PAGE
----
Writers of the Future: Playing the Odds
A friend recently asked me about ways to improve your chances in the Writers of the Future contest.
I thought it was a good question, and I thought my answers were a nice summary of lessons learned. So I decided to share them here as a simple set of “rules”—in quotes, because they can be broken, and they’re no guarantee, but they’re good guidelines.
But before I get to the rules, I must remind you of the most reliable way to win the contest: write an excellent science fiction or fantasy story, 17,000 words or less, and send it in. Honestly, that’s the best thing you can do. Keep working on that!
Now for the rules…
- You should know that for pretty much every fiction market out there – and remember, Writers of the Future isn’t just a contest, it’s a pro-paying market—any rule that you hear, even from the editor directly, can usually be circumvented by a really brilliant story. That’s what every editor wants: a really brilliant story that’s close enough to their genre to give them an excuse to buy it. If you can pass Rule 1, you can ignore the rest of these rules. You’re covered. But you still might want to read them, just in case they give you ideas.
- David Farland is the coordinating judge for the contest. Out of the thousands of entries they receive every quarter, Dave selects 8 as Finalists. Then a panel of quarterly judges, all pro writers themselves, select 3 winners for the quarter. But Dave is more than the coordinating judge, more than a bestselling author: he is also a writing mentor through his site My Story Doctor. He also writes a series of writing tips on his blog. Every so often, he blogs specifically about what he’s looking for in the contest, or why some stories don’t make the cut. So Rule 2 is: Read Dave’s Tips.
- Rule 3 is: Don’t argue with Dave’s Tips! I can’t believe it, but some people do! They say he’s wrong. Now it might be argued that…
“There are nine-and-sixty ways of constructing tribal lays, and every single one of them is right!” —Rudyard Kipling
And Dave would not disagree! There are many ways to write a story. If you can tell a great story that ignores Dave’s Tips, more power to you! But that doesn’t make Dave wrong about what he looks for in the contest! He might be wrong about what readers want. He’s not wrong about what he looks for.
- Except… In at least one case, Dave was wrong. He’s on record as saying he hates werewolf stories. He never even finishes them. But… Last year Julie Frost won with a werewolf story. How did she do it? Simple: she wrote a story so good that Dave could not ignore it. Rule 4 is: See Rule 1.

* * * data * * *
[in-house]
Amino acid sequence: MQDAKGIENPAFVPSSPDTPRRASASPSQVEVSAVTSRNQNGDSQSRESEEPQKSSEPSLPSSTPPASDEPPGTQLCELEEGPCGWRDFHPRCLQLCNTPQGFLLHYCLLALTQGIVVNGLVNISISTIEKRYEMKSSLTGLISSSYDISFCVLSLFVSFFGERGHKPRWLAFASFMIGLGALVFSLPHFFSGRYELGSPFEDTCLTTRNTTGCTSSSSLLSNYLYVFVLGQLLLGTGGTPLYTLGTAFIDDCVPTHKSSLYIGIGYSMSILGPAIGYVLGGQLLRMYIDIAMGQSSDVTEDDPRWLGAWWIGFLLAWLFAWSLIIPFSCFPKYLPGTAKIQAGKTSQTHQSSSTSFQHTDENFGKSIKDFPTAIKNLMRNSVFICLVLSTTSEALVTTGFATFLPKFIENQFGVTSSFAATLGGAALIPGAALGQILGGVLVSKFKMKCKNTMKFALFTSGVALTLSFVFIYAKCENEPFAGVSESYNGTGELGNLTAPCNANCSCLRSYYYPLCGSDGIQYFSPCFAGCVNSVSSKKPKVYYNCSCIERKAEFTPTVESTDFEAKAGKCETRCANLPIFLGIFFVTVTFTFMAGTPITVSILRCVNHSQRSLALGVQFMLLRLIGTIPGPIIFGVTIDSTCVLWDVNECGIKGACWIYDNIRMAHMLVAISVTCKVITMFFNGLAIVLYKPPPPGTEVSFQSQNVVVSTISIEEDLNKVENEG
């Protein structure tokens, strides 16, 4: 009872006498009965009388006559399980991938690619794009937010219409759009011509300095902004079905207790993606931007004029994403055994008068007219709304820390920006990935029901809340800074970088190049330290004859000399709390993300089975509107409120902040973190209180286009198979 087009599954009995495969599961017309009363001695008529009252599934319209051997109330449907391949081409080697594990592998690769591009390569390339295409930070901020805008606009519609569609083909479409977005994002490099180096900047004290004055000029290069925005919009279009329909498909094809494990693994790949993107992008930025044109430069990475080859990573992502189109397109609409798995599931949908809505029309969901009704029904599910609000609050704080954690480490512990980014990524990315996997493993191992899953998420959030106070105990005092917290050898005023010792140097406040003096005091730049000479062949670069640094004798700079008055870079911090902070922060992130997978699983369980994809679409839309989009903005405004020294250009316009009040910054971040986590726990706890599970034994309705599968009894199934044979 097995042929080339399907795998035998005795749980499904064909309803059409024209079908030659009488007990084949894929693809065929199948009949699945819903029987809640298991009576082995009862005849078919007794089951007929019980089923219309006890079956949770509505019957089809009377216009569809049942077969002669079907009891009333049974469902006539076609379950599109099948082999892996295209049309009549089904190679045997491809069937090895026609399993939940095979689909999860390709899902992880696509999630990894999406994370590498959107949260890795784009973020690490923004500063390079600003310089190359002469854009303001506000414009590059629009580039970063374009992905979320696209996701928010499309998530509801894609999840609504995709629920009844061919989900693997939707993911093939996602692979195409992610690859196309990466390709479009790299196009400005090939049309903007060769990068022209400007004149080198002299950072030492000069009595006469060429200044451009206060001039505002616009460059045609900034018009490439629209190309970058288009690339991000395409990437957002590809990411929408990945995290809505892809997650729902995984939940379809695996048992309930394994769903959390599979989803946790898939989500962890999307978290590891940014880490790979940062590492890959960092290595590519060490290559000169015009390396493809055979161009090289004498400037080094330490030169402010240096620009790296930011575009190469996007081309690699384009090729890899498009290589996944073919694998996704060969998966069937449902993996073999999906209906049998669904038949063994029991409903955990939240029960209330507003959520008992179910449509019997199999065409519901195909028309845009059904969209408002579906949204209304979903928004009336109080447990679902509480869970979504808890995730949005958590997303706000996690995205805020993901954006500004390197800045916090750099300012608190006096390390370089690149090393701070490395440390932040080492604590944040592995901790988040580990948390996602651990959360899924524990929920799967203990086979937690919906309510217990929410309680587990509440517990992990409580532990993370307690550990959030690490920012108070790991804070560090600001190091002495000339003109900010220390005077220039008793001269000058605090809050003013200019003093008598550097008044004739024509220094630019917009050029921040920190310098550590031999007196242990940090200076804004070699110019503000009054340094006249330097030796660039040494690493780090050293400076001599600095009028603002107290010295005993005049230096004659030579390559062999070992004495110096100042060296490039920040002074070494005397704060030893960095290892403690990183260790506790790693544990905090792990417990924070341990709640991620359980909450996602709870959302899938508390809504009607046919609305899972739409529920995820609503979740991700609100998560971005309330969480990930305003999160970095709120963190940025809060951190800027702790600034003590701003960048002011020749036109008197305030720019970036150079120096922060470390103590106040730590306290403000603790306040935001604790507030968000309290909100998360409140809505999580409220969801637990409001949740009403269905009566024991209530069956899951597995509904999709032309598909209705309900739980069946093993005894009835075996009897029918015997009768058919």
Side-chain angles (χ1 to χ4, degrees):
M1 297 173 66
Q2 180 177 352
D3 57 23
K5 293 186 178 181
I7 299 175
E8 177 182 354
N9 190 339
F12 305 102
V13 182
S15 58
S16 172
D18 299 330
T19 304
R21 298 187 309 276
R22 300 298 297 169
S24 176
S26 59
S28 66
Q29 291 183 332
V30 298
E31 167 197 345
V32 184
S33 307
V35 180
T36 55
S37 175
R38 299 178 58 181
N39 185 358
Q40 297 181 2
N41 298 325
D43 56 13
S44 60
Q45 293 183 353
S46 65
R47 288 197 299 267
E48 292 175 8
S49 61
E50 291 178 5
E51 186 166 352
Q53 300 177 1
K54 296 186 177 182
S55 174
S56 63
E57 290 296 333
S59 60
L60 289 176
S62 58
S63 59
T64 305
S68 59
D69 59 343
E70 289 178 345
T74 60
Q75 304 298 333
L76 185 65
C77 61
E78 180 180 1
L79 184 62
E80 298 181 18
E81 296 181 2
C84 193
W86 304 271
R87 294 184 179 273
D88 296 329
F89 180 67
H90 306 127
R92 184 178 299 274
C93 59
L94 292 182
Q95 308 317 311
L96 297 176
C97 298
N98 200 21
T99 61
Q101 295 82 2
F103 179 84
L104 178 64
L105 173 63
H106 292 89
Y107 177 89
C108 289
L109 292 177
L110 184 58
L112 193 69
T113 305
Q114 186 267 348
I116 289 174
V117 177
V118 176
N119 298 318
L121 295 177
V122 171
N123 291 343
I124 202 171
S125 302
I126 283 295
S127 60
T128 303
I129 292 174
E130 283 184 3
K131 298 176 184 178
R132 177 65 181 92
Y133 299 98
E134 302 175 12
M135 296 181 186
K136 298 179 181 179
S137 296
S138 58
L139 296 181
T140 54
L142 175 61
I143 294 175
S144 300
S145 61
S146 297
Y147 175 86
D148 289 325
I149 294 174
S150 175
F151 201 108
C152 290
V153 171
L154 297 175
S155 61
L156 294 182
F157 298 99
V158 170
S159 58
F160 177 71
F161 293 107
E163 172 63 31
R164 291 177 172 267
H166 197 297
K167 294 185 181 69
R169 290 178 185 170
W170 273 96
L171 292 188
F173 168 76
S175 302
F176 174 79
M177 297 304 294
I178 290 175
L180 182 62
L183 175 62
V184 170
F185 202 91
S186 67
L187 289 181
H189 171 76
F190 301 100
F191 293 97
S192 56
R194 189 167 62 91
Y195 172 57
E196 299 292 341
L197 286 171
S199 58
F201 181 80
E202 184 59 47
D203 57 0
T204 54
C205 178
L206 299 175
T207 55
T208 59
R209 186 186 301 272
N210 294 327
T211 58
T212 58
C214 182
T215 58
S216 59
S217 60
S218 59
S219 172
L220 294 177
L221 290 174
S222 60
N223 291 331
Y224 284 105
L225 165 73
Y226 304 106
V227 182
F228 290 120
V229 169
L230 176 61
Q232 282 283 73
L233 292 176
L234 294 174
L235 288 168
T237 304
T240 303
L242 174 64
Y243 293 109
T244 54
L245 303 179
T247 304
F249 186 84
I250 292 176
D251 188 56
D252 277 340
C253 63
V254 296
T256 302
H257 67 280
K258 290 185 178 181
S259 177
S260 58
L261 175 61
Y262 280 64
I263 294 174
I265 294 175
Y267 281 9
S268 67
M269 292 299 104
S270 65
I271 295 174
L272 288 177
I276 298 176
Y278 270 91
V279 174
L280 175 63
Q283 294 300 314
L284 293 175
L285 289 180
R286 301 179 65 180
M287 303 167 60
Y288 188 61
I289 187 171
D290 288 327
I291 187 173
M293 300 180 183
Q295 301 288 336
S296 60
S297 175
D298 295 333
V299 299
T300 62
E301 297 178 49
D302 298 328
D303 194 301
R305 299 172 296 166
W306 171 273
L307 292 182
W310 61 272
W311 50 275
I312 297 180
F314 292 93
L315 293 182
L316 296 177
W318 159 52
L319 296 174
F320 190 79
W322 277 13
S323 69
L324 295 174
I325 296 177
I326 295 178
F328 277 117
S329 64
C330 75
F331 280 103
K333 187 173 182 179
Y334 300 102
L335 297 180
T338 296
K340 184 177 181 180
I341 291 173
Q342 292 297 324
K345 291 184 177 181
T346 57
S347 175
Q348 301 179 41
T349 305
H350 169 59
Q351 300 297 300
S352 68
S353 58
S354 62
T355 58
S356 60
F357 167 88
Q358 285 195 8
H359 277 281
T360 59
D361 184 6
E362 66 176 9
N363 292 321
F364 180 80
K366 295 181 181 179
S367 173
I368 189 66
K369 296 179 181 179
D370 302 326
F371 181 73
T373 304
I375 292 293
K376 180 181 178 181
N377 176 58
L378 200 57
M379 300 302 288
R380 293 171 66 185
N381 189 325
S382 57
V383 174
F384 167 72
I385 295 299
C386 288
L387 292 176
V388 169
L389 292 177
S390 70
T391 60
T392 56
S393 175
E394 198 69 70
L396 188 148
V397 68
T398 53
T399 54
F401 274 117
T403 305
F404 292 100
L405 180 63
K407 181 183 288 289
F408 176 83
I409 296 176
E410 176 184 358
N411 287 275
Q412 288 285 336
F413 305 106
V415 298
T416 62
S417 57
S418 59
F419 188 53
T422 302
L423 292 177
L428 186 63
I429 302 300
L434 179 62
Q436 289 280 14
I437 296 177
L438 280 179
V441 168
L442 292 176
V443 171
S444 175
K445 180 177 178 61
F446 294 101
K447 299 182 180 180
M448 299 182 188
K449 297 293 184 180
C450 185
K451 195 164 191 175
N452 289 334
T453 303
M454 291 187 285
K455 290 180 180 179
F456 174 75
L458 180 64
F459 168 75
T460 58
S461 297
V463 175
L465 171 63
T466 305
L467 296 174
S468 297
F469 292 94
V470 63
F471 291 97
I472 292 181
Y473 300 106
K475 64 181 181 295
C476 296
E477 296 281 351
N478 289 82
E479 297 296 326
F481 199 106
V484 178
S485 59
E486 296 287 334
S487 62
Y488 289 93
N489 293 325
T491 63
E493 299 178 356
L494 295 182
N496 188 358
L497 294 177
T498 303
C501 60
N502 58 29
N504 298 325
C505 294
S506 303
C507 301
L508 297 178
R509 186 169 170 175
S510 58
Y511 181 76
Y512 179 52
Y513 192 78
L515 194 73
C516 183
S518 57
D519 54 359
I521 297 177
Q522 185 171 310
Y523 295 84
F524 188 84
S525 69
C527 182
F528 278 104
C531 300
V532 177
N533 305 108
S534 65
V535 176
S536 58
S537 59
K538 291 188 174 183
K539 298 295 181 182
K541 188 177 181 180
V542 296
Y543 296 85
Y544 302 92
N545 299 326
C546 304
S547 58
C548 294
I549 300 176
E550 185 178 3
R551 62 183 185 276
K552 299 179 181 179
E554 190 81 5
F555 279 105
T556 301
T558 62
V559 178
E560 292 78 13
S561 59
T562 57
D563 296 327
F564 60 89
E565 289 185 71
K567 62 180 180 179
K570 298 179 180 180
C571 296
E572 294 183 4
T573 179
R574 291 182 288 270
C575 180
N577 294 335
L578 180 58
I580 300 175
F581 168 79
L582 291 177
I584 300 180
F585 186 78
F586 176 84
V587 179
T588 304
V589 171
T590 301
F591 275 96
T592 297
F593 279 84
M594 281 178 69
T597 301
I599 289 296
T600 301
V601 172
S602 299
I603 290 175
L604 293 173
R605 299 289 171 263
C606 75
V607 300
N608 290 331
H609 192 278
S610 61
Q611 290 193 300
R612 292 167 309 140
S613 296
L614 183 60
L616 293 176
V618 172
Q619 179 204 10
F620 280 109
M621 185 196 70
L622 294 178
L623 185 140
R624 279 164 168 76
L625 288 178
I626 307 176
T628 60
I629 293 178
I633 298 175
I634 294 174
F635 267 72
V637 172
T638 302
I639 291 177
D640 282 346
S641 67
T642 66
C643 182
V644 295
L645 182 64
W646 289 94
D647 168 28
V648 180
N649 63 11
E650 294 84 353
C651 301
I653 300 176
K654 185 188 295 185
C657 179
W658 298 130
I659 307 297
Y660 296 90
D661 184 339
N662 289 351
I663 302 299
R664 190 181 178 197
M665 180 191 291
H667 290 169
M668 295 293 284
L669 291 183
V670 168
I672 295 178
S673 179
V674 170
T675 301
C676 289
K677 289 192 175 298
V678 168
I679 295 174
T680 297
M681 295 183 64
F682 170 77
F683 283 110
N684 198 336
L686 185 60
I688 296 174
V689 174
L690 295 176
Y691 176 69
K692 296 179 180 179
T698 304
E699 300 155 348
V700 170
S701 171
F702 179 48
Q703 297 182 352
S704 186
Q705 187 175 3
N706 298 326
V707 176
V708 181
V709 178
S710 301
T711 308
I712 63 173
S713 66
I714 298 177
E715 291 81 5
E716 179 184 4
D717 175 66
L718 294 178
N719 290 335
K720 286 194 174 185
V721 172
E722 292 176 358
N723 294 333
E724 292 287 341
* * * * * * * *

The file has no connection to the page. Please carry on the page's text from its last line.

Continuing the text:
- They get thousands of entries every quarter. Many are by people who just enter contests without looking into the details. A good number aren’t even science fiction or fantasy. So if Dave doesn’t see an SF/F element by the end of page 2—or at least a hint—he’ll probably stop reading. If it looks promising otherwise, he might skip to the end to see if it’s there.
- Dave does a lot of skipping to the end. He has seen a lot of plots. If he figures out your plot on page 2, he skips to the end to see if he’s right. If he is, you’re probably out. But if he’s surprised, he may go back to see how you got there.
- They get a lot of stories inspired by the latest big movie. They all blur together and most likely none of them get through. As excited as you may be by the latest blockbuster, put that idea aside. Let it simmer. Come back to it later, and give it a fresh twist.
- Dave likes to see three things as early as possible: A character, in a setting, with a problem. It might not be THE problem, but A problem. Struggling with that reveals character and setting.
- Dave really likes good description. That held me back for a long time. I’m weak on description.
- As for story structure, unless you’ve got a brilliant alternative (Scott Parkin did in Volume 31 – see Rule 1), Dave prefers a traditional Freytag triangle with three Try/Fail Cycles. Two is too easy, four is dragging it out. Three is best. You might have some of the structure happen before the story, or off screen, but try to have it all there somewhere.
- Dave likes a story to mean something on an emotional level. Cool plots are great. Cool plots that mean something are memorable.
- If your story is set in a modern or historical setting, Dave is a stickler for research and for voice. And he has been a lot of places, he knows a lot of things, and he has met a lot of people. If you’re faking your research, he’ll probably know.
- If, on the other hand, you make up your own universe to avoid that whole research trap, Dave likes it logical and consistent.
- The contest never gets enough good humor, but they get way too much bad.
- Talk to winners. Ask what worked for them. Ask what they learned. My “rules” are just from my one experience. Get multiple perspectives.
That’s a good start. Nothing guarantees a win, of course, but these “rules” will move the odds in your favor.
Martin L. Shoemaker is a programmer who writes on the side… or maybe it’s the other way around. Programming pays the bills, but a second place story in the Jim Baen Memorial Writing Contest earned him lunch with Buzz Aldrin. Programming never did that!
Martin’s work has appeared in Clarkesworld, Analog Science Fiction/Science Fact, Galaxy’s Edge, Digital Science Fiction, Forever Magazine, Humanity 2.0, The Year’s Top Short SF Novels 4, Writers of the Future Volume 31, Time Travel Tales, Trajectories, Little Green Men: Attack!, The Glass Parachute, and The Year’s Best Science Fiction: Thirty-First Annual Collection.
Very good …. Thanks, JR